Ever since CES back in January, we've been looking forward to bringing the hot new 2015 sets into our TV labs for a thorough evaluation. Now, after spending five weeks with 30 of them, we've identified a few clear winners. Since all these highlighted sets are either flagship or near-flagship models, the prices aren't for the faint of heart. But if you want to own the best—and have the budget to afford it—check out these three TVs, which represent the current state of the art in TV performance and technology.
Just remember that it's still early in the year; as a result, this first group of sets is concentrated on a relatively small number of brands compared to what we'll eventually have in our TV Ratings, which are available to subscribers. In the coming weeks we'll add more models from a wider assortment of brands, and by the end of the year we'll have performed in-depth reviews of about 250 models.
In the meantime, check out these three sets that impressed
—James K. Willcox
Samsung UN65JS9500, UHD LED/LCD TV, $5,000
Models from both Samsung and LG are among the early arrivals in the market, and those we tested did well in general. The top spot in our Ratings so far is taken by Samsung's 65-inch UHD set, the UN65JS9500, from its flagship SUHD series of 4K sets. This set is pricey—we paid $6,000 for it, though we've seen the price slip to $5,000 at several retailers over the past two weeks. (That's why it pays to get a price-match guarantee from a retailer when you buy a TV right after it's released.) But it is among the best TVs we've tested, with excellent high-definition picture quality, excellent UHD performance, and excellent sound quality. It also has very good 3D, a plus if you care for that feature, and its full-array LED backlight with local dimming helps produce excellent black levels for an LCD set. Our only complaint, really, was the limited viewing angle, not all that uncommon with LCD TVs.
The set, which features a curved screen, has tons of features, including the ability to display high dynamic range (HDR) content when it becomes available. And like other Samsung SUHD models, it has quantum dot (nano-crystal) technology, plus 10-bit color, for reproducing wider color gamut content when that becomes available. The TV has Samsung's new Tizen smart TV platform, which uses an array of tiles across the bottom of the screen to access content and apps on a single screen. The set's connections and the TV's processor are housed in a separate external One Connect box that in future years can be replaced to upgrade the TV to newer specs and features.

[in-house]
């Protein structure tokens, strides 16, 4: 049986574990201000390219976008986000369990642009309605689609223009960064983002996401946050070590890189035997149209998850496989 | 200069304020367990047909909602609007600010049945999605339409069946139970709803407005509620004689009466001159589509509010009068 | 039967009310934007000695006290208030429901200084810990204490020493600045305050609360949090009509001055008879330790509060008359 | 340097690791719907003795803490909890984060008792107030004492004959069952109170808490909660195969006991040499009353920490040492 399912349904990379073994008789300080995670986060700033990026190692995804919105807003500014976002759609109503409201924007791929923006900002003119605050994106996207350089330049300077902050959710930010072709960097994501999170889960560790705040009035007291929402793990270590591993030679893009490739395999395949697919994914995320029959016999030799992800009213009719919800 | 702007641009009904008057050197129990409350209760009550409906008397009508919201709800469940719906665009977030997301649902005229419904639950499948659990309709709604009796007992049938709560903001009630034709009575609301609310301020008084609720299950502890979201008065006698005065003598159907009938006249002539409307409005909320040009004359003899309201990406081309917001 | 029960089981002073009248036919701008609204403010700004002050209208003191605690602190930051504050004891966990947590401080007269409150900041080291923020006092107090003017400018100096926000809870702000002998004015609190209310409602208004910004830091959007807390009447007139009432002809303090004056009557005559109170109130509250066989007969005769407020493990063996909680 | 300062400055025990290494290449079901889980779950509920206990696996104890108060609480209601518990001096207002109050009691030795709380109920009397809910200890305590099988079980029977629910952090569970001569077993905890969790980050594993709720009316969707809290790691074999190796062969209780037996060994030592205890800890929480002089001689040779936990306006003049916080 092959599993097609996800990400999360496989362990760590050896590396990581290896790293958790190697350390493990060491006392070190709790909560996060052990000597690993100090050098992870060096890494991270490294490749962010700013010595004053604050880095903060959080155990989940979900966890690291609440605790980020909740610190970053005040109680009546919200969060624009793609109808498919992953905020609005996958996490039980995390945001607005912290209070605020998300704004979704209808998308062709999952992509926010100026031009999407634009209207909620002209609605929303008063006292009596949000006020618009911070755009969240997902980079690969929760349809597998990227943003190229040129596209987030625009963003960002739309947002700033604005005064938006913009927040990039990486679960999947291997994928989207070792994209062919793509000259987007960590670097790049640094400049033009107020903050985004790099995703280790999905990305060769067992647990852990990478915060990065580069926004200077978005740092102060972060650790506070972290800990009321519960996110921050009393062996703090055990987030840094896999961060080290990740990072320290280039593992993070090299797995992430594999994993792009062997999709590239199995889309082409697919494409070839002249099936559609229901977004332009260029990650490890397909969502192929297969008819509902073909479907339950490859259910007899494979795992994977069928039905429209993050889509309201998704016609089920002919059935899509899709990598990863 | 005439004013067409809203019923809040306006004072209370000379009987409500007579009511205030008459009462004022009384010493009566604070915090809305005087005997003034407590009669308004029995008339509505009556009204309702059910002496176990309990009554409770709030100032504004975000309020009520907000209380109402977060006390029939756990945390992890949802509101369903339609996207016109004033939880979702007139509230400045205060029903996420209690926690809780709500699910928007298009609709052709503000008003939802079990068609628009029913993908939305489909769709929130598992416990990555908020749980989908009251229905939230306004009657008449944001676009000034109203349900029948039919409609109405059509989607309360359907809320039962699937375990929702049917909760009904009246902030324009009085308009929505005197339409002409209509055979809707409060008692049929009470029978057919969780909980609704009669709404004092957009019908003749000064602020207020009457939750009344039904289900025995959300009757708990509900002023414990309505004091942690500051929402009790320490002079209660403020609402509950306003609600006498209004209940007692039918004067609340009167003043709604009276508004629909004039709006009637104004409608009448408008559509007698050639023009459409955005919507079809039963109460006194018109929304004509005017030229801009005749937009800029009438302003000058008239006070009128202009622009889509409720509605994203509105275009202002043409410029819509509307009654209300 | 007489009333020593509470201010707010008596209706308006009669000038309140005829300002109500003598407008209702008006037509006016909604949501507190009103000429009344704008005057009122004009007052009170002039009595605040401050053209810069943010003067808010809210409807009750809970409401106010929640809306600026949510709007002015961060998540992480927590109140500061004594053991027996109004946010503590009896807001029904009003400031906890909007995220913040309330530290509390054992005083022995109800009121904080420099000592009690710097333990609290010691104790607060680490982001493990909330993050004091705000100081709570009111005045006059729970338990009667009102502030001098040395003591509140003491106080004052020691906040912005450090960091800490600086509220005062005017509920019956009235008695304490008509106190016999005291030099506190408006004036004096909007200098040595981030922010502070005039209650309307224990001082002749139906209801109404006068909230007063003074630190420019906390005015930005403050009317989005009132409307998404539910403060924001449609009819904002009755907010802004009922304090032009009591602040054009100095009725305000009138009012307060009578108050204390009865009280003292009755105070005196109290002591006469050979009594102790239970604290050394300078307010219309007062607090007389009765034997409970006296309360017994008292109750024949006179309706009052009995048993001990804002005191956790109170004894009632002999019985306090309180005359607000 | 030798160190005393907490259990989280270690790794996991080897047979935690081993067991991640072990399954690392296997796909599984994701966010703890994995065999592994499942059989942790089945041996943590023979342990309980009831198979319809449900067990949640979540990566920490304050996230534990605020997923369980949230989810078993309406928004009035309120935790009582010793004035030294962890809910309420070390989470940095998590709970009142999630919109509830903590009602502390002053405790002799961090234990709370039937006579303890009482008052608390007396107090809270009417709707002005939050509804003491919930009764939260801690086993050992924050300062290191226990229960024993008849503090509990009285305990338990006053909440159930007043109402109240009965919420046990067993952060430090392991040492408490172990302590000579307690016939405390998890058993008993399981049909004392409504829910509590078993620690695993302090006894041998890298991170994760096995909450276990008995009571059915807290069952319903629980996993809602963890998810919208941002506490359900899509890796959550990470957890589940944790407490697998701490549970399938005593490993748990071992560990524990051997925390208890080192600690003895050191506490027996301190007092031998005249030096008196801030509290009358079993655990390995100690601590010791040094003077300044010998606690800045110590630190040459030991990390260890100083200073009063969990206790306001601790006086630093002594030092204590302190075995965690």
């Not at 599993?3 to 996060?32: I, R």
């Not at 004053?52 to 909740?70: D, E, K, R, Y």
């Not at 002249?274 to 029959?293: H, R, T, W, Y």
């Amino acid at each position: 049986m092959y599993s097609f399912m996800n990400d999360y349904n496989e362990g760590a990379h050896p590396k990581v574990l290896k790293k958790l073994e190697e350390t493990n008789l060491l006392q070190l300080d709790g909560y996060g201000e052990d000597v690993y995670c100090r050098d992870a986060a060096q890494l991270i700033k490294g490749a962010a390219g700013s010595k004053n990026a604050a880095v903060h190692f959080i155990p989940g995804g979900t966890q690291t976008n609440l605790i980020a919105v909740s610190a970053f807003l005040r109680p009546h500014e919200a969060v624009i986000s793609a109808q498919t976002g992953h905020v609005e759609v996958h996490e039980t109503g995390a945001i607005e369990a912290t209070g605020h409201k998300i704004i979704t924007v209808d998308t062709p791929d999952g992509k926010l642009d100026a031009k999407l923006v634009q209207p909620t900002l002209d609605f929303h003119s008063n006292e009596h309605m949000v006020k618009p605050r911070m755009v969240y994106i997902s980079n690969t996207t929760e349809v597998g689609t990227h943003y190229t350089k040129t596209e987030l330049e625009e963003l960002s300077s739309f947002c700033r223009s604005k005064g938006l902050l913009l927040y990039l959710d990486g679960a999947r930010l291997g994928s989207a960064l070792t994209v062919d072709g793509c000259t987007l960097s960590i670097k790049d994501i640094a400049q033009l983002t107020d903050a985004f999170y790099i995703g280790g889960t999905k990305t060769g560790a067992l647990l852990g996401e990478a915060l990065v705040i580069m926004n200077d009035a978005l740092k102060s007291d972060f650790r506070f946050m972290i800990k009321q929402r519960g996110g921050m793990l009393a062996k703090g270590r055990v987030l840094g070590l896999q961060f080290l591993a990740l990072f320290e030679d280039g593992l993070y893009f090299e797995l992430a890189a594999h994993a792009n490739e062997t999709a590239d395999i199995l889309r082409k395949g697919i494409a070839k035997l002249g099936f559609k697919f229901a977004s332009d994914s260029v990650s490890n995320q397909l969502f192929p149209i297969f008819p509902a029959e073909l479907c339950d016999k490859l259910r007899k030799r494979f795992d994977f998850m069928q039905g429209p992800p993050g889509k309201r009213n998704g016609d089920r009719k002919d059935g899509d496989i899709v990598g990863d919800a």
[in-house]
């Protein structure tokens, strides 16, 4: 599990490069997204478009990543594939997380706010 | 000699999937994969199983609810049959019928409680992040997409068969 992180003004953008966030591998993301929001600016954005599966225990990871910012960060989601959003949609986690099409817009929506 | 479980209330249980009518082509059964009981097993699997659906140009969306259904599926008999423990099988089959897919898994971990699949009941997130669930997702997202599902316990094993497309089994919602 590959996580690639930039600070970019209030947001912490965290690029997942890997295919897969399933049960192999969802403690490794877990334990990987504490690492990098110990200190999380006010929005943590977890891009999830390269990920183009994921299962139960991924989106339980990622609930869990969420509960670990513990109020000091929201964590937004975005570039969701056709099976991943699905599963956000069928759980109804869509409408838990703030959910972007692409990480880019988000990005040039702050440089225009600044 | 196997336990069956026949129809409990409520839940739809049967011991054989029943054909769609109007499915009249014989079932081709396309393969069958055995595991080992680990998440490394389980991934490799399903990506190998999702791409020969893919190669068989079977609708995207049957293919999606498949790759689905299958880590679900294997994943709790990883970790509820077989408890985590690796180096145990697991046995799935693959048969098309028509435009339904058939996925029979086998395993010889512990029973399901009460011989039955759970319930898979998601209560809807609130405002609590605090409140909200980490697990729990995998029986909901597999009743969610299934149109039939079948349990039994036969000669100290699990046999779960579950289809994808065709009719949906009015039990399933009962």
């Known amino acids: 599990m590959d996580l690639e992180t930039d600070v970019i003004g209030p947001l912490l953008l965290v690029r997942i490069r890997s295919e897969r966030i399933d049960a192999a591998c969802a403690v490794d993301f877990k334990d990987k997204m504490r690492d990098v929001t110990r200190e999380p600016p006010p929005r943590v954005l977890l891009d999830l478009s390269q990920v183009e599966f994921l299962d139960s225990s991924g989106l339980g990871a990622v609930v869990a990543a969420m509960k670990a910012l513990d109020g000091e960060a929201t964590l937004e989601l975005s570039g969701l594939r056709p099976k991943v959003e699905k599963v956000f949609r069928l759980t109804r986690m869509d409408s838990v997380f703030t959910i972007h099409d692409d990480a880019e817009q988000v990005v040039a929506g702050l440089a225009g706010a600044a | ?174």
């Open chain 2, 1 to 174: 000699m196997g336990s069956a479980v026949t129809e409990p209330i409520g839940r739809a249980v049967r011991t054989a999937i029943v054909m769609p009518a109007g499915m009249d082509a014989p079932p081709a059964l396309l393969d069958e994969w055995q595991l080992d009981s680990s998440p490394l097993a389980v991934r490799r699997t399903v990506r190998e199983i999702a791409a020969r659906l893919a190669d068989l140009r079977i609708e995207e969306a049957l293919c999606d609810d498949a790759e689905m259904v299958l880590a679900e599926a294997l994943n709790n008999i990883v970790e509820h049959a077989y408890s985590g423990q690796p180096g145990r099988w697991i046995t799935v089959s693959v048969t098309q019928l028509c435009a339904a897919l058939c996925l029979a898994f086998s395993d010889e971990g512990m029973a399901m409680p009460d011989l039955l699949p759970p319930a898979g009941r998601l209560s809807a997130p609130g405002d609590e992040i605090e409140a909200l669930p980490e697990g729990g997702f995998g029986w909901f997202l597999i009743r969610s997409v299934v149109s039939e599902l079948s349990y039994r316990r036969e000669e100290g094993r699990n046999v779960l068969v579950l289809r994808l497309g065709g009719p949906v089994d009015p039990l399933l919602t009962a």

Find the best HDTVs and UHD TVs for your needs and budget with our TV buying guide and Ratings.
LG 55EG9600, UHD OLED TV, $5,500
We're huge fans of OLED TV technology, and this model clearly shows why, though a few flaws dragged down its overall score a bit. Still, this 55-inch 3D-capable model, the first 4K OLED we've tested, delivers excellent high-definition picture quality, very good UHD performance, and the benchmark-setting black levels we've come to expect from OLED TVs. Like all OLED sets, it has a nearly unlimited viewing angle. The TV has a curved screen and the company's webOS smart TV platform that lets you access content via a row of graphic tiles arrayed across the lower part of the screen. It has three HDMI input and comes with LG's point-and-click Magic Remote control. We'll soon be posting a full First Look at this set. None of its shortcomings were severe enough when watching normal content to change our opinion that it's one of the best TVs we've tested. And we give LG credit for being the only company pushing OLED TV technology this year.
Samsung UN65JS9000, UHD LED/LCD TV, $3,500
Just edging out LG's 65UF9500 flagship LED LCD UHD TV for 2015, this 65-inch JS9000-series Ultra HD LCD TV from Samsung—a step below the flagship JS9500 SUHD sets—is an excellent TV with a lot of features. Its price, now $3,500, is $1,500 less than what we paid for it. The TV, which has a curved screen, delivers excellent high-definition picture quality and UHD performance and very good sound, though its 3D performance was only good. Beyond the sound and 3D scores, the main differences compared to the JS9500 sets are that it has an edge, rather than full-array, LED backlight with local dimming and a slightly different version of high dynamic range (HDR) technology. Also, it lacks a built-in camera, though it can accept an optional one. Like the flagship sets, this model has a curved screen, quantum dot (nano-crystal) technology for reproducing wider color gamut content when it becomes available, Samsung's new Tizen smart TV platform, and the separate One Connect box.
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